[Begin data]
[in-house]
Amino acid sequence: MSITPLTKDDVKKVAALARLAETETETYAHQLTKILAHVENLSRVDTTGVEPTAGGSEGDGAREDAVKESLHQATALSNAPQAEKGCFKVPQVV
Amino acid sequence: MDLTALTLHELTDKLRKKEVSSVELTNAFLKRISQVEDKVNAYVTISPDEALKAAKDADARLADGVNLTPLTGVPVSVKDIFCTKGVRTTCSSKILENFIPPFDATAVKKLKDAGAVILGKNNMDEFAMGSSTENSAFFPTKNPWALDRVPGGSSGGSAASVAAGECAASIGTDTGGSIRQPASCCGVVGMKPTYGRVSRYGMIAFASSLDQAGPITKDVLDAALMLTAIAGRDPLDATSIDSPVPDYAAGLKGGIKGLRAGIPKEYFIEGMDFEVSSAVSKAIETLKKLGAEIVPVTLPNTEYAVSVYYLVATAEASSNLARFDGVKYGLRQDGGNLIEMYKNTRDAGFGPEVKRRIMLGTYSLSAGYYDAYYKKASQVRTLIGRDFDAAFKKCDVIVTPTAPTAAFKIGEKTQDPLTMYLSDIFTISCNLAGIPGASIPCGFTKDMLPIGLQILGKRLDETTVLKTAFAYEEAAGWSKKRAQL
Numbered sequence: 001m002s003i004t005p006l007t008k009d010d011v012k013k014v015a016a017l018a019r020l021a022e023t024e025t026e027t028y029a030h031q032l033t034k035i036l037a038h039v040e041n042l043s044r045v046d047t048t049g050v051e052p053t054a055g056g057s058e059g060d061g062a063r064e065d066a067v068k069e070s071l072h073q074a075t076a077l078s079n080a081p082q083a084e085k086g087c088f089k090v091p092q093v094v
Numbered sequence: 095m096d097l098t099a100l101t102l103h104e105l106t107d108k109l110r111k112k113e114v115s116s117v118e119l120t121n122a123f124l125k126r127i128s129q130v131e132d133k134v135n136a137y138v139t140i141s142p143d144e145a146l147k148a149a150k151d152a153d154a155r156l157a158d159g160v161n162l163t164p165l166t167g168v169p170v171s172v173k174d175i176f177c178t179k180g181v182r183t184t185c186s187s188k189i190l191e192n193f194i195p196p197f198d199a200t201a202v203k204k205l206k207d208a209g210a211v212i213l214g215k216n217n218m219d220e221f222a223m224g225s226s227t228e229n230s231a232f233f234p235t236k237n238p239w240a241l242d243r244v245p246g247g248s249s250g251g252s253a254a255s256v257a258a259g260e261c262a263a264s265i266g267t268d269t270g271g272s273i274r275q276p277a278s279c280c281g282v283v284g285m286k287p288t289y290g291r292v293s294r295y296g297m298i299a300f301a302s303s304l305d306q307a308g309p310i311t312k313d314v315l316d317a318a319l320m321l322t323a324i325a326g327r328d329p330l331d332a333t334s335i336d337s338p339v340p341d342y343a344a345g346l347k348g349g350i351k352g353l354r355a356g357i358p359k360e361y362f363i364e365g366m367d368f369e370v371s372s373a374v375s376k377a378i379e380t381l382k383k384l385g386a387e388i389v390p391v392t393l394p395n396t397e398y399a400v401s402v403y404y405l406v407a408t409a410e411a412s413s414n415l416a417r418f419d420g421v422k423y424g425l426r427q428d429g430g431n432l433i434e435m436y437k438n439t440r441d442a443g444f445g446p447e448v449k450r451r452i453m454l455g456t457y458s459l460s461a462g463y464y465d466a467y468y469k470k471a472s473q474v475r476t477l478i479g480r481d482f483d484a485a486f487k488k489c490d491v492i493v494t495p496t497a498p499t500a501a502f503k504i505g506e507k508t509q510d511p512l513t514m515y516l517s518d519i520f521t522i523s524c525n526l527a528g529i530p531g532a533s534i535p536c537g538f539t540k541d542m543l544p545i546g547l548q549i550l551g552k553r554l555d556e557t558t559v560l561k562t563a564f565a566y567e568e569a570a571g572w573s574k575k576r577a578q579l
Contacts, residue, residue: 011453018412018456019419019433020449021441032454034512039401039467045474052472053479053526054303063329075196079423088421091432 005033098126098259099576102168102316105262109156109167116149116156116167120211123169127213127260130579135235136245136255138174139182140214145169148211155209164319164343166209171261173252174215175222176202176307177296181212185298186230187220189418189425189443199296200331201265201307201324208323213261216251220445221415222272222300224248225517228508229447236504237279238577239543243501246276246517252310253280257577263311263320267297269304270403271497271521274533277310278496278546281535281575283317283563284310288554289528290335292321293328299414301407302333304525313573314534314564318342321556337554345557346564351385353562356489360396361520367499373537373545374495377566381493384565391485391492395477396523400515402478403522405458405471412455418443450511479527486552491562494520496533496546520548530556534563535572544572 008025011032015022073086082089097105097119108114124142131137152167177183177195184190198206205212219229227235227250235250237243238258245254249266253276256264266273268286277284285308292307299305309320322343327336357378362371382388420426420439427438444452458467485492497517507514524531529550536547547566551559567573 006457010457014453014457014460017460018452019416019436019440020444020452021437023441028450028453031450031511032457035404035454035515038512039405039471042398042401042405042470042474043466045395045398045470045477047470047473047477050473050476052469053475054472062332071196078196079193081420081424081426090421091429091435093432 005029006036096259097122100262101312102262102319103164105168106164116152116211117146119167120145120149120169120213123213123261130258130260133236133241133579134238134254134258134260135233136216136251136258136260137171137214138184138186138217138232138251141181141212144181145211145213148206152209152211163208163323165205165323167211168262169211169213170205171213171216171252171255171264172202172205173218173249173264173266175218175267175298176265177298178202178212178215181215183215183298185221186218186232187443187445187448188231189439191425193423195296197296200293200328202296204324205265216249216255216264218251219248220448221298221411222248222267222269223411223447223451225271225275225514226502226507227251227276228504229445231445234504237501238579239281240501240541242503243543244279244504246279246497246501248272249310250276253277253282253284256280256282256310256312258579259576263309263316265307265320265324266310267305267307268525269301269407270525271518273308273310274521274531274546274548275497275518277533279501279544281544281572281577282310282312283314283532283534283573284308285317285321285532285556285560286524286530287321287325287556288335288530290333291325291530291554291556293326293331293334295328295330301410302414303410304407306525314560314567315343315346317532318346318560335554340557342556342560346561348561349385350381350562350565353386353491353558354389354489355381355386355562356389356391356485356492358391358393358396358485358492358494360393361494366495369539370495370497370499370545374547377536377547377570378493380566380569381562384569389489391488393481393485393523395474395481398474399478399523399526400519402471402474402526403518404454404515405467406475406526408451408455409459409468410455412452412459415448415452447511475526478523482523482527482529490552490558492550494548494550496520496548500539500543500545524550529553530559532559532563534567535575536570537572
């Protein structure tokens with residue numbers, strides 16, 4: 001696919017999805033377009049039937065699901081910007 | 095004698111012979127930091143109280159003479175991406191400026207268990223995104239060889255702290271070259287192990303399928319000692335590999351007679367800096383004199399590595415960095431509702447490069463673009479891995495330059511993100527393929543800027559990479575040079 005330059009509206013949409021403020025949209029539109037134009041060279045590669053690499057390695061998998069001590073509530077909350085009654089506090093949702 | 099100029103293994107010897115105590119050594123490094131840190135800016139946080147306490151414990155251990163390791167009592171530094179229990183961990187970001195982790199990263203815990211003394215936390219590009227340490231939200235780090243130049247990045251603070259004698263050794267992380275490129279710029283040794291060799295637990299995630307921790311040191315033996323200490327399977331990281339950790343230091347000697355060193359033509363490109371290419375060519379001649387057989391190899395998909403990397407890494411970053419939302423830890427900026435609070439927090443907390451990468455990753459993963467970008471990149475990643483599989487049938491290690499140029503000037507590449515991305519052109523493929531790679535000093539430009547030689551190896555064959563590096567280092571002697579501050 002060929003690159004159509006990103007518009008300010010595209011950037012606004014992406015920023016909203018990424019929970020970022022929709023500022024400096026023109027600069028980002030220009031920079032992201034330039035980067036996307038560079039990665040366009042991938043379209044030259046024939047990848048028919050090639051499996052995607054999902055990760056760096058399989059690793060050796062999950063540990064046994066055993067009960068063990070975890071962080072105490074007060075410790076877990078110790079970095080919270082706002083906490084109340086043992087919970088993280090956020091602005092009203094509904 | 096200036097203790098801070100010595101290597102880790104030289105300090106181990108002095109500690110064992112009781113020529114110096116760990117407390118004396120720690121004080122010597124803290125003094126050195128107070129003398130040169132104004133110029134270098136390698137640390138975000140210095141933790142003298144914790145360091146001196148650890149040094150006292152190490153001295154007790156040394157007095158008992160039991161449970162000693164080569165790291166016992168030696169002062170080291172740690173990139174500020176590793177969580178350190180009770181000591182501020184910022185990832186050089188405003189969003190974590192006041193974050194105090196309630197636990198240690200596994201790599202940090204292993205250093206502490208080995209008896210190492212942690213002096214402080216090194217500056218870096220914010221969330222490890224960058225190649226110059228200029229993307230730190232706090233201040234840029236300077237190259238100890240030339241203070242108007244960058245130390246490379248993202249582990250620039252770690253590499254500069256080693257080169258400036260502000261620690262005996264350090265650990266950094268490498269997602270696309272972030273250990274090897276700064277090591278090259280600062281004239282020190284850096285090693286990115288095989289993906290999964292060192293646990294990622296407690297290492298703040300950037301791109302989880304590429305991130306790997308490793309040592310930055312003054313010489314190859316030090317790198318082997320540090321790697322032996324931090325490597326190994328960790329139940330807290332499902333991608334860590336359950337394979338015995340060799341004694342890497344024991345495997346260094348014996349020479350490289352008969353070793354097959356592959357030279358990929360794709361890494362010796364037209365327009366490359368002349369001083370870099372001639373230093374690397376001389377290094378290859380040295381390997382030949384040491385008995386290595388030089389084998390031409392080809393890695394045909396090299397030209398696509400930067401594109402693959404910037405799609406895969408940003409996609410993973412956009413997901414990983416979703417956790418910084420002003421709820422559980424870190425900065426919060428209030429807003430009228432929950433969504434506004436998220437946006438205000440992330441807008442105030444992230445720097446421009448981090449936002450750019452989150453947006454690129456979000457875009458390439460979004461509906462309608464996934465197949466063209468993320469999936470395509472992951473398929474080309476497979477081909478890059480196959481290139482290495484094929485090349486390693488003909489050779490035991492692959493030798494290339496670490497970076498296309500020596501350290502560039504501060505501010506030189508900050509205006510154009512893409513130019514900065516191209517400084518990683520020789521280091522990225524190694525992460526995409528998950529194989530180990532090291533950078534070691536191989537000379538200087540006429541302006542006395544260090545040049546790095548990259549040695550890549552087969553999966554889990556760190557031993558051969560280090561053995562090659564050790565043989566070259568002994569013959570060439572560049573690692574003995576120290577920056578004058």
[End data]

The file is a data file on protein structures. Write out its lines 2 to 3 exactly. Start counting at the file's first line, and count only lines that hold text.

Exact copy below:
Amino acid sequence: MSITPLTKDDVKKVAALARLAETETETYAHQLTKILAHVENLSRVDTTGVEPTAGGSEGDGAREDAVKESLHQATALSNAPQAEKGCFKVPQVV
Amino acid sequence: MDLTALTLHELTDKLRKKEVSSVELTNAFLKRISQVEDKVNAYVTISPDEALKAAKDADARLADGVNLTPLTGVPVSVKDIFCTKGVRTTCSSKILENFIPPFDATAVKKLKDAGAVILGKNNMDEFAMGSSTENSAFFPTKNPWALDRVPGGSSGGSAASVAAGECAASIGTDTGGSIRQPASCCGVVGMKPTYGRVSRYGMIAFASSLDQAGPITKDVLDAALMLTAIAGRDPLDATSIDSPVPDYAAGLKGGIKGLRAGIPKEYFIEGMDFEVSSAVSKAIETLKKLGAEIVPVTLPNTEYAVSVYYLVATAEASSNLARFDGVKYGLRQDGGNLIEMYKNTRDAGFGPEVKRRIMLGTYSLSAGYYDAYYKKASQVRTLIGRDFDAAFKKCDVIVTPTAPTAAFKIGEKTQDPLTMYLSDIFTISCNLAGIPGASIPCGFTKDMLPIGLQILGKRLDETTVLKTAFAYEEAAGWSKKRAQL